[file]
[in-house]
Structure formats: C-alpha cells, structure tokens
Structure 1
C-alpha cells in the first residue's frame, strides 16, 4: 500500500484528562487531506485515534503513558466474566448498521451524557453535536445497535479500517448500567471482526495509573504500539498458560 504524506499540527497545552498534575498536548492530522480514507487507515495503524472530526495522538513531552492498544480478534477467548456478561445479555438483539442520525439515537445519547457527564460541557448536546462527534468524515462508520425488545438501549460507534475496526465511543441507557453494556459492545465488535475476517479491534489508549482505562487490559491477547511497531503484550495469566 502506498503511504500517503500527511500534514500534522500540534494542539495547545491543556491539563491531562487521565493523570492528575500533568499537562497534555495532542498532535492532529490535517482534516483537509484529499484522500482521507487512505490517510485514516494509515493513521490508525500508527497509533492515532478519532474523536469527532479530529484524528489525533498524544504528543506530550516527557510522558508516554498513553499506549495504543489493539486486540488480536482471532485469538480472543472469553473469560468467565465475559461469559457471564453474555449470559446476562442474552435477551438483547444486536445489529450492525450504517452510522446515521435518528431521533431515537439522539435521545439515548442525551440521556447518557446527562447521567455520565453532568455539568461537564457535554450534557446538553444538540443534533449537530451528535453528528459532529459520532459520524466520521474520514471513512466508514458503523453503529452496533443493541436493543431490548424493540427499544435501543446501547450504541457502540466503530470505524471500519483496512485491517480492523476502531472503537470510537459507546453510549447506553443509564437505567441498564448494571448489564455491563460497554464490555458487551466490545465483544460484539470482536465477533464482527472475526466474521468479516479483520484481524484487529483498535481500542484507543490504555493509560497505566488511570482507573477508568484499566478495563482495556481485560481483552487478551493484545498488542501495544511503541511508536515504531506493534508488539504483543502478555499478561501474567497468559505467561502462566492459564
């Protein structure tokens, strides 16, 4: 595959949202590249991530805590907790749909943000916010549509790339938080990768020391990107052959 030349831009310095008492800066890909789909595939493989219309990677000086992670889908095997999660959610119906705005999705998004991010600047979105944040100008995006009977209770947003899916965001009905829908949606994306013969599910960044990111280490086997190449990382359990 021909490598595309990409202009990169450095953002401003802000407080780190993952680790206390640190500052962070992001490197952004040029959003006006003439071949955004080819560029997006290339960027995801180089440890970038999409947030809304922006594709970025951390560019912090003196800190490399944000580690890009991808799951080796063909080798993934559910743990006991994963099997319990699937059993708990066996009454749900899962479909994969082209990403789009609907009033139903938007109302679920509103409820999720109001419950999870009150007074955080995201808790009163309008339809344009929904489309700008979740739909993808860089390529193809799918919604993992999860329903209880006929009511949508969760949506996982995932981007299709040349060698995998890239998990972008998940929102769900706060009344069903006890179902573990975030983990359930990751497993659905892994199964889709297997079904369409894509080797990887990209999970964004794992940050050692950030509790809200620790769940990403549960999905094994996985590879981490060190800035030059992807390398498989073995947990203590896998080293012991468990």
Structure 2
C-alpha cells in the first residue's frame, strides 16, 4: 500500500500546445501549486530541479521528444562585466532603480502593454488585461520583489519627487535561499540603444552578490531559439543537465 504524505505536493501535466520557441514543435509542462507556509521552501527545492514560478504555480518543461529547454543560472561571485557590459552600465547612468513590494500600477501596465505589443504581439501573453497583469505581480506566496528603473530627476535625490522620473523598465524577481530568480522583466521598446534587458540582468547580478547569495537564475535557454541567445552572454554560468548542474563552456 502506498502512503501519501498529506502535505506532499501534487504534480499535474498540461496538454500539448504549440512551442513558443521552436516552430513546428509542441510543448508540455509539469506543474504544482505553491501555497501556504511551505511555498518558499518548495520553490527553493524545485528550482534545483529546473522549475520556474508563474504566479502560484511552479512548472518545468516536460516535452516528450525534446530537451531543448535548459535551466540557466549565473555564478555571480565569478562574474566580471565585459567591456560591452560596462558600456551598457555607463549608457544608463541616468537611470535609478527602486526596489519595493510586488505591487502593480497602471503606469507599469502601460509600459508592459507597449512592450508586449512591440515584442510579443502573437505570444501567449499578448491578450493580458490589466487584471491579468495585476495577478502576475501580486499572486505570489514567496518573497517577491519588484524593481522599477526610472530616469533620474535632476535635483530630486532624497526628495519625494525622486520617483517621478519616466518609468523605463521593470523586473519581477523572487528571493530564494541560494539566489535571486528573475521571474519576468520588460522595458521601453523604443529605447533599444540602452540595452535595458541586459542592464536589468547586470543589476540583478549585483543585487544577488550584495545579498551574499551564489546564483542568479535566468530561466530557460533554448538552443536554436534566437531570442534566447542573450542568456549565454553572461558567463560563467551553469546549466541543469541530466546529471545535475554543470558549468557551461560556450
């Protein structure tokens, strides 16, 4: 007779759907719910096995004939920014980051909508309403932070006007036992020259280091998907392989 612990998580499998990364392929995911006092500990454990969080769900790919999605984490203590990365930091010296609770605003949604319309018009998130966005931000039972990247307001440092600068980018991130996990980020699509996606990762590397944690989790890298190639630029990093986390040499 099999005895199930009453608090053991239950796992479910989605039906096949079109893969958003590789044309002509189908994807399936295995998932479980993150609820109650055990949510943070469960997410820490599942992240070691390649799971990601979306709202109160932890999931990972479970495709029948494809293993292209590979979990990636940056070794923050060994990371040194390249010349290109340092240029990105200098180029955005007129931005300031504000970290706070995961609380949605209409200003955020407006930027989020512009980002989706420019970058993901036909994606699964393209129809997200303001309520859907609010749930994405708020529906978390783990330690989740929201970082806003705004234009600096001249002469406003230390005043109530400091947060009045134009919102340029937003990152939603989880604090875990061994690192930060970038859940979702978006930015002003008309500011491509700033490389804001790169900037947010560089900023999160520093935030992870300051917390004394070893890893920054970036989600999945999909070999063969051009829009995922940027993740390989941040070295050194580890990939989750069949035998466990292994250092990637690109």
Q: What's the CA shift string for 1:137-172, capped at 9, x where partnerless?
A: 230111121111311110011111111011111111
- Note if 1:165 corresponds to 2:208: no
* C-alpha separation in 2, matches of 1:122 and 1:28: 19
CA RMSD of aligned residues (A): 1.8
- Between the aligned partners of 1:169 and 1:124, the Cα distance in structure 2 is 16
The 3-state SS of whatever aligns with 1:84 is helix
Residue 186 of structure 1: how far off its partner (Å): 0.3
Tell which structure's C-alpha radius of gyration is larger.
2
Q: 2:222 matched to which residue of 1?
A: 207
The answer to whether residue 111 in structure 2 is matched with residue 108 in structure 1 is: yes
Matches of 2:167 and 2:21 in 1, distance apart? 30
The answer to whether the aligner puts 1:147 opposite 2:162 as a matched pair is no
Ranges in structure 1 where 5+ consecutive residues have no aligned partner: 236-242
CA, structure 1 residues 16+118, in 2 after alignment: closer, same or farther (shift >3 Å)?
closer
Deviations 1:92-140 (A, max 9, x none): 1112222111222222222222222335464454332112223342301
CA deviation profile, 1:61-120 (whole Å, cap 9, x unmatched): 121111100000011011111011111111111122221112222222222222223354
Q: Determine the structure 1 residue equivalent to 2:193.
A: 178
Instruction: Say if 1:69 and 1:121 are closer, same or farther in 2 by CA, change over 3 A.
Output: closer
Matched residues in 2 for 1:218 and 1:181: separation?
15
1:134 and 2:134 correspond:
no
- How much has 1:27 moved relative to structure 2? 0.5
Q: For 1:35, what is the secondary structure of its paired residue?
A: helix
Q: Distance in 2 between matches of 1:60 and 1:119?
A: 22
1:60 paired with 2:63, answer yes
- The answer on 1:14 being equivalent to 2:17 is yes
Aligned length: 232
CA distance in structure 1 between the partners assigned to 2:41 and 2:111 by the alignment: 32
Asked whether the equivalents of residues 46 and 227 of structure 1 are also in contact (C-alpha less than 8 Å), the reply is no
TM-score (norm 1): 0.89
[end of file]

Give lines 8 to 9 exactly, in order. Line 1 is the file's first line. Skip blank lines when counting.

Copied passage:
């Protein structure tokens, strides 16, 4: 007779759907719910096995004939920014980051909508309403932070006007036992020259280091998907392989 612990998580499998990364392929995911006092500990454990969080769900790919999605984490203590990365930091010296609770605003949604319309018009998130966005931000039972990247307001440092600068980018991130996990980020699509996606990762590397944690989790890298190639630029990093986390040499 099999005895199930009453608090053991239950796992479910989605039906096949079109893969958003590789044309002509189908994807399936295995998932479980993150609820109650055990949510943070469960997410820490599942992240070691390649799971990601979306709202109160932890999931990972479970495709029948494809293993292209590979979990990636940056070794923050060994990371040194390249010349290109340092240029990105200098180029955005007129931005300031504000970290706070995961609380949605209409200003955020407006930027989020512009980002989706420019970058993901036909994606699964393209129809997200303001309520859907609010749930994405708020529906978390783990330690989740929201970082806003705004234009600096001249002469406003230390005043109530400091947060009045134009919102340029937003990152939603989880604090875990061994690192930060970038859940979702978006930015002003008309500011491509700033490389804001790169900037947010560089900023999160520093935030992870300051917390004394070893890893920054970036989600999945999909070999063969051009829009995922940027993740390989941040070295050194580890990939989750069949035998466990292994250092990637690109």
Q: What's the CA shift string for 1:137-172, capped at 9, x where partnerless?